The Deep, Hidden, Pervasive Costs of War

Today, front page headlines in my gentle, bucolic Bloomington, Indiana newspaper: “Boy, 11, faces murder charge” — for shooting his 6-year-old brother; and “Man sentenced to 85 years for robbery [of an ATV], murder” — in cold blood, to the head, leaving him for dead in his driveway in the rain. Then, on page 2: “Phelps waives right to jury trial” – of shooting and attempting to kill a fellow high school student.

How much has creeping U.S. militarization, especially since 9/11, infected the atmosphere of our entire culture? Since when is violence ever the solution?

Andrew Bacevich opens this video: “There is immense and urgent requirement to learn from the experience of the past decade . . .” The video would not load here. It is well worth watching:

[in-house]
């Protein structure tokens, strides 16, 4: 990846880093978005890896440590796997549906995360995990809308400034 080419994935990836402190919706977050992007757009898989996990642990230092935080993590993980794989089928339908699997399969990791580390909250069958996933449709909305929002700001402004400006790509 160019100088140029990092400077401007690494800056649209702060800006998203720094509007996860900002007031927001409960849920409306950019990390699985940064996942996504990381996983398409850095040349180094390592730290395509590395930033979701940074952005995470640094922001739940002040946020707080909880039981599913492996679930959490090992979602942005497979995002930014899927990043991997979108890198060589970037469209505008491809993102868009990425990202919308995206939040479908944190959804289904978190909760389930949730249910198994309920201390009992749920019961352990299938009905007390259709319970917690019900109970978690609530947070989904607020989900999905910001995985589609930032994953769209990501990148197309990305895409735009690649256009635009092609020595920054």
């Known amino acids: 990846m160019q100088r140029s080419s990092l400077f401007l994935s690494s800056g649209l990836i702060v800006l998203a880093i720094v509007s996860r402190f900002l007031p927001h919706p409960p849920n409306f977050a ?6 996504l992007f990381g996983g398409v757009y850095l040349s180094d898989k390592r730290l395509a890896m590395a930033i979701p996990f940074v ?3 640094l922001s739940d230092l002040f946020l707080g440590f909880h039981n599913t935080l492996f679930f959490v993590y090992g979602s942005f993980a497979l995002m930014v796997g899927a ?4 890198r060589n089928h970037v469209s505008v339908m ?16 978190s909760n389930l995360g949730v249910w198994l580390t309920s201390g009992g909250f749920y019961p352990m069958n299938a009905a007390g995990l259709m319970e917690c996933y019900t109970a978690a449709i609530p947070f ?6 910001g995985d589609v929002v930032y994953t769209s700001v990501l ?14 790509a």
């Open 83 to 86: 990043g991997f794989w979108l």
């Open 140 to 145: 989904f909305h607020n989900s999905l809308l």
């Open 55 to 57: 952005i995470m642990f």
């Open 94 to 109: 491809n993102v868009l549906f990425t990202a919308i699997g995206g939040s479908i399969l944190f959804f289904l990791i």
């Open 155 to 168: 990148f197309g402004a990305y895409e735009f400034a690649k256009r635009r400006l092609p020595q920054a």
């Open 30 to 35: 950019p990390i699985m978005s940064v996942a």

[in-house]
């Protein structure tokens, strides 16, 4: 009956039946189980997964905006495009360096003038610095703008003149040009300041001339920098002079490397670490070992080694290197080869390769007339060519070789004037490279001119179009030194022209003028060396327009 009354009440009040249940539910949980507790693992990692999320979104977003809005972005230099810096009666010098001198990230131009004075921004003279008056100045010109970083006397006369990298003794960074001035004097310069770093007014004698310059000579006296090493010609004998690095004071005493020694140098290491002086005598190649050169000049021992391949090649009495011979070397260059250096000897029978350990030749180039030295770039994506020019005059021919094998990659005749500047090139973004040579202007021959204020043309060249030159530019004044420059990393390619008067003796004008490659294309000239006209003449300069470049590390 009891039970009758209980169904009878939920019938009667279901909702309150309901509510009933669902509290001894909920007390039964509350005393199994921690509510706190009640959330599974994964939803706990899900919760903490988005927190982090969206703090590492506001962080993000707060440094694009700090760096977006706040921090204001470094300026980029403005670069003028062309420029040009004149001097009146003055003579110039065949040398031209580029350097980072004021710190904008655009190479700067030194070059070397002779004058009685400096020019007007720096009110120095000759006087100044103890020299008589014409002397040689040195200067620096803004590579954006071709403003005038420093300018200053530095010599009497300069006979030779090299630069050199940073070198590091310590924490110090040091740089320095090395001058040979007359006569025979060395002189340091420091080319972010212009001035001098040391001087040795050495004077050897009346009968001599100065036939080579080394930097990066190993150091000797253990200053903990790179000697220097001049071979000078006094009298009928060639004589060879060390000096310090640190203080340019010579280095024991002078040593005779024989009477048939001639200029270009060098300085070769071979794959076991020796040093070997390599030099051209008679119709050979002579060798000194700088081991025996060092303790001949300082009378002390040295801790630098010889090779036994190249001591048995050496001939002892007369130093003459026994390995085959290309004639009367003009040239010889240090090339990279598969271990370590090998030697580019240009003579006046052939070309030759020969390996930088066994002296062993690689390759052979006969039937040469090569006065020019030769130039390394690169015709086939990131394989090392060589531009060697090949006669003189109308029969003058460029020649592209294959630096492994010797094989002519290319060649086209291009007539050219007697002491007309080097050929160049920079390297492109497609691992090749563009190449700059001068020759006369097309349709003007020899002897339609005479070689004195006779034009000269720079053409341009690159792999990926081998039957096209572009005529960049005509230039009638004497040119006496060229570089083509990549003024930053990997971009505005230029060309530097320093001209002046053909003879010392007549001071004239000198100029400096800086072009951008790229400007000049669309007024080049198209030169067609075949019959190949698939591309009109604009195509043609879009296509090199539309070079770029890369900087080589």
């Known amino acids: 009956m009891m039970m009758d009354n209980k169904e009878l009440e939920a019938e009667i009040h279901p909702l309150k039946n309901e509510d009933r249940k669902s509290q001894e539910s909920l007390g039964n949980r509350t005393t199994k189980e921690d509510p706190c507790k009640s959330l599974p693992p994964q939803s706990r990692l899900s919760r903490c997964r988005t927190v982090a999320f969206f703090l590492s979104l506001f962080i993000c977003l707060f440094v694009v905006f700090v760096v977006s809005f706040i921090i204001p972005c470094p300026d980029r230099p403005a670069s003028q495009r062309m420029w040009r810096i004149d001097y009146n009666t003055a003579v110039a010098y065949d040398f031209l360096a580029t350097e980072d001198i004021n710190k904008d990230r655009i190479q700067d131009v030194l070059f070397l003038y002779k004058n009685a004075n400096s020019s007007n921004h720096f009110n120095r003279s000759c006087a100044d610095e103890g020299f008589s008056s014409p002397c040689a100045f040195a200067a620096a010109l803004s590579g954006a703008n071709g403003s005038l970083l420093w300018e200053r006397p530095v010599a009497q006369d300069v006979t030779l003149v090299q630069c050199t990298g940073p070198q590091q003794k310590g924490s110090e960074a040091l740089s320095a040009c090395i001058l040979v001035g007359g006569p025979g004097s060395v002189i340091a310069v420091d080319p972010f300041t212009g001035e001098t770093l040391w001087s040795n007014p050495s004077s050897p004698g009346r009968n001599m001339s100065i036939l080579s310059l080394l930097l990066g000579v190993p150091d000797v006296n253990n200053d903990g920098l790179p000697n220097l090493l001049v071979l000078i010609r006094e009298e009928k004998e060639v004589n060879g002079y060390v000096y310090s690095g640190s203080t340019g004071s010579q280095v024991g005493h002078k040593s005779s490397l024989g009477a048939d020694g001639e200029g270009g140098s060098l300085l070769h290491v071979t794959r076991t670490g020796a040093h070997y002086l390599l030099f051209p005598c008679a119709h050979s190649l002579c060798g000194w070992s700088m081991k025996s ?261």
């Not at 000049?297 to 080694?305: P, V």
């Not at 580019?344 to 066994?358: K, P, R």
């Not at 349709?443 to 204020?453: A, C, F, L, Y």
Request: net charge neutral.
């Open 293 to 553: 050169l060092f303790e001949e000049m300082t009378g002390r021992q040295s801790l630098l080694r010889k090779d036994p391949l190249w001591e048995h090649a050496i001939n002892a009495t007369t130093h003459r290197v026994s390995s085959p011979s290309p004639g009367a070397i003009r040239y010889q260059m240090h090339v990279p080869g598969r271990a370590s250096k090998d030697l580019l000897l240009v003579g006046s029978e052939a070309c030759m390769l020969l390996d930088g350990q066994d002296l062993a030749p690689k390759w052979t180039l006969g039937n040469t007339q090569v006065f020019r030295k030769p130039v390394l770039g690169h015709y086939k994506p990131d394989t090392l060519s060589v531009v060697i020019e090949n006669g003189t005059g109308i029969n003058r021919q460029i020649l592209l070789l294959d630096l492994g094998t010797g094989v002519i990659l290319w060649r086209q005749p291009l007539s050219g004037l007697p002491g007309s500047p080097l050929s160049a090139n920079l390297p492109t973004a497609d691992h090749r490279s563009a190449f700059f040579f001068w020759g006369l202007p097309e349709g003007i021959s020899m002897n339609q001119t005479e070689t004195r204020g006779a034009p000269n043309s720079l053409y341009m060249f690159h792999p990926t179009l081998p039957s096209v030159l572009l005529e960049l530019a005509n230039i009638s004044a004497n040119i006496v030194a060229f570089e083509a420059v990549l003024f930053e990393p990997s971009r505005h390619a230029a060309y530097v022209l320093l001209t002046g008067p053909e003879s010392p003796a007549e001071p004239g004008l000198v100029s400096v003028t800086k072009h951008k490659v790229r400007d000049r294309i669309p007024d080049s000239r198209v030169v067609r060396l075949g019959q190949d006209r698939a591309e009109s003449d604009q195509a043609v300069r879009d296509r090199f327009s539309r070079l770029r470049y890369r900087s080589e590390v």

Here is the text that accompanies it:

Nearly 10 years after the declaration of the War on Terror, the wars in Afghanistan, Iraq, and Pakistan have killed at least 225,000 people, including men and women in uniform, contractors, and civilians. The wars will cost Americans between $3.2 and $4 trillion, including medical care and disability for current and future war veterans, according to a new report by the Eisenhower Research Project based at Brown University’s Watson Institute for International Studies. If these wars continue, they are on track to require at least another $450 billion in Pentagon spending by 2020.

The Costs of War report by this major multi-university research project reveals costs that are far higher than recognized. Its findings are being released at a critical juncture. As Project Co-Director and Institute Professor Catherine Lutz puts it: “Knowing the actual costs of war is essential as the public, Congress, and the President consider the drawdown of troops in Afghanistan and other issues including the deficit, security, public investments, and reconstruction.”

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